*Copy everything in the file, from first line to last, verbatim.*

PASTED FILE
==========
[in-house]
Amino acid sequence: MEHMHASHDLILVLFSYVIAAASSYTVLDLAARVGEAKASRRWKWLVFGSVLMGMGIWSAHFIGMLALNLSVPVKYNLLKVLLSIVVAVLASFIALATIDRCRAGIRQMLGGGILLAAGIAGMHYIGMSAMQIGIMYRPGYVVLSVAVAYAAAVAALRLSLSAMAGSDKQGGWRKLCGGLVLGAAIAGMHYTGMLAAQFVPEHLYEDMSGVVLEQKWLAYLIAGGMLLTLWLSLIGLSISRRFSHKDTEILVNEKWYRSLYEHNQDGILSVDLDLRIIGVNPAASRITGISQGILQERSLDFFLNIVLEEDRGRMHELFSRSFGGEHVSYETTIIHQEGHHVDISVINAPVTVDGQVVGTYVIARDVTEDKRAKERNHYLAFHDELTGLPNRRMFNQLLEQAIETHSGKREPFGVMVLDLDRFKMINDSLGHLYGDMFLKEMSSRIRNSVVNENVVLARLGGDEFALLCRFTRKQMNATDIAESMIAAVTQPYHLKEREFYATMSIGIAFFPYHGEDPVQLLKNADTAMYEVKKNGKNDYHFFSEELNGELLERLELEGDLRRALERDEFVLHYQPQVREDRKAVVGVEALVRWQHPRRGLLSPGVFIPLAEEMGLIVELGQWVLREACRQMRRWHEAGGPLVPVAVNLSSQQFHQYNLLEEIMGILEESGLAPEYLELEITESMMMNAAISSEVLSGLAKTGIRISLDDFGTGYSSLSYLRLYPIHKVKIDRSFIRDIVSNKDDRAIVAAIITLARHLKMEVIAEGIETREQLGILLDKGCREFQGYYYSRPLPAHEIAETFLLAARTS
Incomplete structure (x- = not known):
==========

[in-house]
Amino acid sequence: MEHMHASHDLILVLFSYVIAAASSYTVLDLAARVGEAKASRRWKWLVFGSVLMGMGIWSAHFIGMLALNLSVPVKYNLLKVLLSIVVAVLASFIALATIDRCRAGIRQMLGGGILLAAGIAGMHYIGMSAMQIGIMYRPGYVVLSVAVAYAAAVAALRLSLSAMAGSDKQGGWRKLCGGLVLGAAIAGMHYTGMLAAQFVPEHLYEDMSGVVLEQKWLAYLIAGGMLLTLWLSLIGLSISRRFSHKDTEILVNEKWYRSLYEHNQDGILSVDLDLRIIGVNPAASRITGISQGILQERSLDFFLNIVLEEDRGRMHELFSRSFGGEHVSYETTIIHQEGHHVDISVINAPVTVDGQVVGTYVIARDVTEDKRAKERNHYLAFHDELTGLPNRRMFNQLLEQAIETHSGKREPFGVMVLDLDRFKMINDSLGHLYGDMFLKEMSSRIRNSVVNENVVLARLGGDEFALLCRFTRKQMNATDIAESMIAAVTQPYHLKEREFYATMSIGIAFFPYHGEDPVQLLKNADTAMYEVKKNGKNDYHFFSEELNGELLERLELEGDLRRALERDEFVLHYQPQVREDRKAVVGVEALVRWQHPRRGLLSPGVFIPLAEEMGLIVELGQWVLREACRQMRRWHEAGGPLVPVAVNLSSQQFHQYNLLEEIMGILEESGLAPEYLELEITESMMMNAAISSEVLSGLAKTGIRISLDDFGTGYSSLSYLRLYPIHKVKIDRSFIRDIVSNKDDRAIVAAIITLARHLKMEVIAEGIETREQLGILLDKGCREFQGYYYSRPLPAHEIAETFLLAARTS
Incomplete structure (x- = not known):